Today, I had to say goodbye to a friend and teacher. He had a way of making everyone he came in contact with feel very special, especially me. Over a decade, he had returned to the Sanctuary three times. Each time, it was after his caregiver had passed away. This time, he returned home for his very own goodbye, but not without teaching us all one last lesson.
Aztec was a marbled domestic cat, originally abandoned in an apartment building. He was so shy and timid, but still had a beautiful presence. We placed him with a TWS supporter and he had a good life. After a few years, we were contacted and told his owner was passing away from rheumatoid arthritis of the lungs. So, I spent my days working full-time, running the Sanctuary, and going to her house two times a day to care for her cats, including Aztec. It always took at least a half an hour for Aztec to come out. But, when he finally did, he would cuddle up and purr. Many times, her friends couldn’t find Aztec when they came to visit, but he showed me his special hiding place often.
After his owner passed, Aztec and the other cats came to TWS. Even though Aztec was shy, he had a calming presence with the people he knew. Once he knew someone, he was a friend for life. As new volunteers arrived, he would quietly vanish and would reappear when they left. One of those volunteers found a wonderful home for Aztec and another cat. The home would be quiet and he would have lots of attention. So for years, he again lived happily with a very special caregiver.
Then, the Sanctuary was contacted again last year when Aztec’s owner passed away unexpectedly and alone. Aztec was frightened and had been left all alone in the house. He masterfully hid from officials and was nowhere to be found on three occasions. A close friend insisted he was still in the house and got permission to look for him. Luckily, loved ones didn’t give up. After a thorough search, they caught Aztec and brought him to TWS.
When Aztec returned this time, one year ago this month, his physical condition had changed, but his shy though loyal personality was easily recognizable. He would hide in the office when there were visitors or volunteers, but reappeared as soon as it was only his close caregivers. When he arrived, he was very thin and seemed to have digestion issues. He was first diagnosed with diabetes and inflammatory bowel disease. Then later, he was diagnosed with chronic pancreatitis and an infection of the kidney lining. He was on round the clock care with staff, volunteers, interns, vets and several specialists. With all the help, he became stable and looked like his old self and his personality truly blossomed. He began accepting larger groups of people and often would be in the center of the table during group lunches. He demanded to be held and hugged constantly and he played like a kitten. He enjoyed life and we truly enjoyed him.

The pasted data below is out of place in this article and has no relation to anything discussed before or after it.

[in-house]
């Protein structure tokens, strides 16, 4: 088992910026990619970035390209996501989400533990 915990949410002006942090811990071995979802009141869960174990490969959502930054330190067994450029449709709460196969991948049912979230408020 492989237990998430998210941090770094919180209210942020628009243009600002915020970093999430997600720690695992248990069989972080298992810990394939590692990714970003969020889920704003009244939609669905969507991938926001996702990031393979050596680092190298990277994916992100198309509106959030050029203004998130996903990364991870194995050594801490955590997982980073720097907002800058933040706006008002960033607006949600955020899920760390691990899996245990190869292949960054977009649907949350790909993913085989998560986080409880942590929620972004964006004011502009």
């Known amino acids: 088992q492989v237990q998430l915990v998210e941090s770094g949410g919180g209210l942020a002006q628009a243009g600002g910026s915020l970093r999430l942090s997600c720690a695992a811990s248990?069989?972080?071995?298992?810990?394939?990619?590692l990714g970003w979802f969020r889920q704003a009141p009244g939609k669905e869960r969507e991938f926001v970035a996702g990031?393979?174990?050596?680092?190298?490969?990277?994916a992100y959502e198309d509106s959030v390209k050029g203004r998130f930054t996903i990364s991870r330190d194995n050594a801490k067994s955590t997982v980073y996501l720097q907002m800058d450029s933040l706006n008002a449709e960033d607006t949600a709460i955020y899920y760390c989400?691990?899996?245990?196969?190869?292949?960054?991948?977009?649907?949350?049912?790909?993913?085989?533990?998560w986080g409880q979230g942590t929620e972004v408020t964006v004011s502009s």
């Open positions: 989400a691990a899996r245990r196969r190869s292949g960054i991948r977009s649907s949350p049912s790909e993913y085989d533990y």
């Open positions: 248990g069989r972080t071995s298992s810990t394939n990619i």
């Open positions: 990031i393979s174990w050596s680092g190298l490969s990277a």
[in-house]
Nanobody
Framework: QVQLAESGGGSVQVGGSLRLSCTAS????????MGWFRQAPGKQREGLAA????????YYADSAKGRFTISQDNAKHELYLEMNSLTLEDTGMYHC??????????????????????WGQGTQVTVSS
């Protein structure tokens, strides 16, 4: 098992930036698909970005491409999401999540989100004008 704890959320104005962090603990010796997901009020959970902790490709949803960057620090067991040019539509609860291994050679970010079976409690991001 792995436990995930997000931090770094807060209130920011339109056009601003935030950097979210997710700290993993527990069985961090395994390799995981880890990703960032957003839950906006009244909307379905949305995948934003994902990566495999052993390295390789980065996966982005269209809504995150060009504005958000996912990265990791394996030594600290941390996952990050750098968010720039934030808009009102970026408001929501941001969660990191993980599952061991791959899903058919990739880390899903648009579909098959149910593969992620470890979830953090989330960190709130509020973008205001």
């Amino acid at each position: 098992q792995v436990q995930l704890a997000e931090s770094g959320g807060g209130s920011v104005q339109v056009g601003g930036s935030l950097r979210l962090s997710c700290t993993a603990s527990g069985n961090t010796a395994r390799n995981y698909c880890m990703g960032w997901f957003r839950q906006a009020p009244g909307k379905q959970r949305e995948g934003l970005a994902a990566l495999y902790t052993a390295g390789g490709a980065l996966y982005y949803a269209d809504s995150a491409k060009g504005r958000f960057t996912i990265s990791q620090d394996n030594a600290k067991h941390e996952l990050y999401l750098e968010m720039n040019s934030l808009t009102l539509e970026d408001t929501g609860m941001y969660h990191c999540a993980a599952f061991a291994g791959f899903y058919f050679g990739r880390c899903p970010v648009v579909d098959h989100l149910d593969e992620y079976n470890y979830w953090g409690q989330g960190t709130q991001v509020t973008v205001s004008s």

Then, more symptoms arose that weren’t consistent with diabetes or his other diagnoses. More tests were performed. We found Aztec had a very serious auto-immune disease that was causing his ongoing and new symptoms. But, he still remained calm, loving and accepting. He became one of my best friends over the past year and I know a dear friend to so many who cared for him. He persisted on. He sat with me each day at the office, he loved to be held and he accepted his medical treatments without hesitation. Many of the letters and emails I sent out were touched by Aztec as he sprawled across my desk and walked across the key board.
During his time here, many specialists and animal behaviorists grew so fond of Aztec. His past history and health story touched everyone. His sponsor parents helped cover vet costs and inquired about him often. One special person and supporter wrote me this several months ago when hearing Aztec’s story.
“Tammy, Aztec is a very noble cat. You probably already know this but many cats are known to detect death and comfort those when it is time. I feel he understands death and is trying to get all the humans to accept, with love, that death is a part of life and to love without condition and therefore, with great emotional calm at all times. This is a major learning for some people and they find it really hard, but some animals choose to try and teach us this important lesson. He is such an animal, a very BIG spiritual Being. He needs to be able to walk from place to place to be with the people who need the most help. He is giving unconditionally all the time. An amazing cat, Tammy. He is not for a long life (mind you he has been here awhile) but he is fine with that, there is something he is doing which when it is done, he will relinquish this body.”
Then, last week, I received a call that my grandmother was being brought to the ER. When we arrived, our family was told some heartbreaking and sudden news that she would not be with us very long. I spent three very wonderful days with my family and by my grandmother’s side before she passed away. She told stories, laughed and shared words of wisdom up until her peaceful departure. She left this world as peacefully and calmly as anyone can ever hope for. It is an experience I cannot explain, but one I would never give up.
Just two short days after arriving back at work, Aztec crawled up into my lap. Something was different. He was different. He was still loving and wanted to be held, but he was fading. The staff knew it, too. His time had come. His work was done and his body was so tired. We did the only thing we could do…be his comfort during his time of passing, the way he had been to so many before. He deserved the gift that he had given so many. His last lesson was to let us know it is okay to say goodbye in body, because the memories and spirit live on. He, and all of those that have passed on, are still with us every day. And there is peace and calmness in knowing that. You are forever loved Aztec –in body and spirit.
Tammy Thies, The Wildcat Sanctuary Director